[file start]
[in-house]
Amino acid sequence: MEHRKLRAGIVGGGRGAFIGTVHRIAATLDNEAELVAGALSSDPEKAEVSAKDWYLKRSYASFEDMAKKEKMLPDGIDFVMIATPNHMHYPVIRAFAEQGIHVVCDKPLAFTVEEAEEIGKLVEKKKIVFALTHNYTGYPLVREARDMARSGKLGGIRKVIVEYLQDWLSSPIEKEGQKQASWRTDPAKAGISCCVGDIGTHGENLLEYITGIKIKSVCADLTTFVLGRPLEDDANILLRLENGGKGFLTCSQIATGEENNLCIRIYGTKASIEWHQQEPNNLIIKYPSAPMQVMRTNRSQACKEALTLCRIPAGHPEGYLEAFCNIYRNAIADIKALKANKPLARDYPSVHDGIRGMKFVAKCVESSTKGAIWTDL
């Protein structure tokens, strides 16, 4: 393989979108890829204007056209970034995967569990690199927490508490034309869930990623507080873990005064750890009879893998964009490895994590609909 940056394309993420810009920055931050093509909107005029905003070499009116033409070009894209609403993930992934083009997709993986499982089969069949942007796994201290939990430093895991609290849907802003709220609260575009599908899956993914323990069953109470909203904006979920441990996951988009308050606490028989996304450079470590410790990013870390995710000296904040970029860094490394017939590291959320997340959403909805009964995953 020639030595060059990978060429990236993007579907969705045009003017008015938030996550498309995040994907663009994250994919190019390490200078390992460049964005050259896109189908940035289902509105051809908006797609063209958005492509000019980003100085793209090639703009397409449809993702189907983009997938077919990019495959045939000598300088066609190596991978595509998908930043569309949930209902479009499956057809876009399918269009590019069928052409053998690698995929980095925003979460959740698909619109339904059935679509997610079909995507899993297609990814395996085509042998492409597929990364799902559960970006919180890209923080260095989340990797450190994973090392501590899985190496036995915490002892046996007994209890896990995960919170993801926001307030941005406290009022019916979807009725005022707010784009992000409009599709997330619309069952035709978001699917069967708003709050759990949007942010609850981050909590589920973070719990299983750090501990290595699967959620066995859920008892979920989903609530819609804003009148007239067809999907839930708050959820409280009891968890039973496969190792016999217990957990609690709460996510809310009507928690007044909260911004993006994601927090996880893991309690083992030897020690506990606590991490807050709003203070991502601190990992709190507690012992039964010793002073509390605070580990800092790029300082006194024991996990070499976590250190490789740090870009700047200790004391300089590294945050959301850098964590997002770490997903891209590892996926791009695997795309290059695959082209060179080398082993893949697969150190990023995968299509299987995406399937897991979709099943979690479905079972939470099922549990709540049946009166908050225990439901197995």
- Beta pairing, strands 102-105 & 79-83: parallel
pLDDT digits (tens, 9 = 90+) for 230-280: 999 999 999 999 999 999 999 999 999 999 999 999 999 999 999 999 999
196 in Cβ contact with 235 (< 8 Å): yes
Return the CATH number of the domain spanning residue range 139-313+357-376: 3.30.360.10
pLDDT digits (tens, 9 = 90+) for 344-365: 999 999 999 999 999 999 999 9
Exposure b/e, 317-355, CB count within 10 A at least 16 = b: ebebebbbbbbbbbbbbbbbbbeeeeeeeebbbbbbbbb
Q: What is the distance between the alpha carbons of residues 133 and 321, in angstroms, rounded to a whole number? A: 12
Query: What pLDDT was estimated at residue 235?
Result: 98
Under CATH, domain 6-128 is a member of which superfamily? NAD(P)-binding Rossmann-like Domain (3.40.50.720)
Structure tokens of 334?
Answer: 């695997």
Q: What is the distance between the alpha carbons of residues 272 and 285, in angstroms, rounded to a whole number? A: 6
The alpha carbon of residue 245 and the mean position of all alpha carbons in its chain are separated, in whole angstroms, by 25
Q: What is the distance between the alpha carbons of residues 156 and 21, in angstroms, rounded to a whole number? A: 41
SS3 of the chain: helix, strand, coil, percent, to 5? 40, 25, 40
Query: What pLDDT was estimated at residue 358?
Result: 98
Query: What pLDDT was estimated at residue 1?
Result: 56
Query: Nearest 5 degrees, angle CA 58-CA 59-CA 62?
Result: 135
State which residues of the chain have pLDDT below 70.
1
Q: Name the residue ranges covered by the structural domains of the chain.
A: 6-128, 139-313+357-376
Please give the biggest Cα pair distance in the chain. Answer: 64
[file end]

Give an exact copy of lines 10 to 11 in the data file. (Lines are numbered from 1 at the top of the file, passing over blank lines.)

Q: What is the distance between the alpha carbons of residues 133 and 321, in angstroms, rounded to a whole number? A: 12
Query: What pLDDT was estimated at residue 235?